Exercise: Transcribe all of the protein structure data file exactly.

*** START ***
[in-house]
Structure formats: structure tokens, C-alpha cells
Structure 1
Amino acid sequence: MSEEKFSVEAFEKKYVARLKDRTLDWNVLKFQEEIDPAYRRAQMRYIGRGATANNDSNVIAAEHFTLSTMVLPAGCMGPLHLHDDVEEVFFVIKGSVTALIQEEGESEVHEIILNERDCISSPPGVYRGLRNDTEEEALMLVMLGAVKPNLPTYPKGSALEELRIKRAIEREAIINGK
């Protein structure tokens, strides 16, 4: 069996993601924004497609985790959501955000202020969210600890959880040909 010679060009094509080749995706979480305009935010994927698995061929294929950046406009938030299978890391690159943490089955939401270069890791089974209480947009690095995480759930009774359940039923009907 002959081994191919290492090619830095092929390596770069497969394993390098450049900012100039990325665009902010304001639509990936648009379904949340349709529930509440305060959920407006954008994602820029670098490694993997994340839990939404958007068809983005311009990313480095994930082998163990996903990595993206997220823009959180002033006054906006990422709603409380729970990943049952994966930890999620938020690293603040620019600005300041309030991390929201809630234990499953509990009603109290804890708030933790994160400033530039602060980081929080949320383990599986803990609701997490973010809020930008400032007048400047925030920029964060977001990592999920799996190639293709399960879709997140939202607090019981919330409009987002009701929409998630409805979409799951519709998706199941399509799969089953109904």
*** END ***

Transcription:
[in-house]
Structure formats: structure tokens, C-alpha cells
Structure 1
Amino acid sequence: MSEEKFSVEAFEKKYVARLKDRTLDWNVLKFQEEIDPAYRRAQMRYIGRGATANNDSNVIAAEHFTLSTMVLPAGCMGPLHLHDDVEEVFFVIKGSVTALIQEEGESEVHEIILNERDCISSPPGVYRGLRNDTEEEALMLVMLGAVKPNLPTYPKGSALEELRIKRAIEREAIINGK
């Protein structure tokens, strides 16, 4: 069996993601924004497609985790959501955000202020969210600890959880040909 010679060009094509080749995706979480305009935010994927698995061929294929950046406009938030299978890391690159943490089955939401270069890791089974209480947009690095995480759930009774359940039923009907 002959081994191919290492090619830095092929390596770069497969394993390098450049900012100039990325665009902010304001639509990936648009379904949340349709529930509440305060959920407006954008994602820029670098490694993997994340839990939404958007068809983005311009990313480095994930082998163990996903990595993206997220823009959180002033006054906006990422709603409380729970990943049952994966930890999620938020690293603040620019600005300041309030991390929201809630234990499953509990009603109290804890708030933790994160400033530039602060980081929080949320383990599986803990609701997490973010809020930008400032007048400047925030920029964060977001990592999920799996190639293709399960879709997140939202607090019981919330409009987002009701929409998630409805979409799951519709998706199941399509799969089953109904």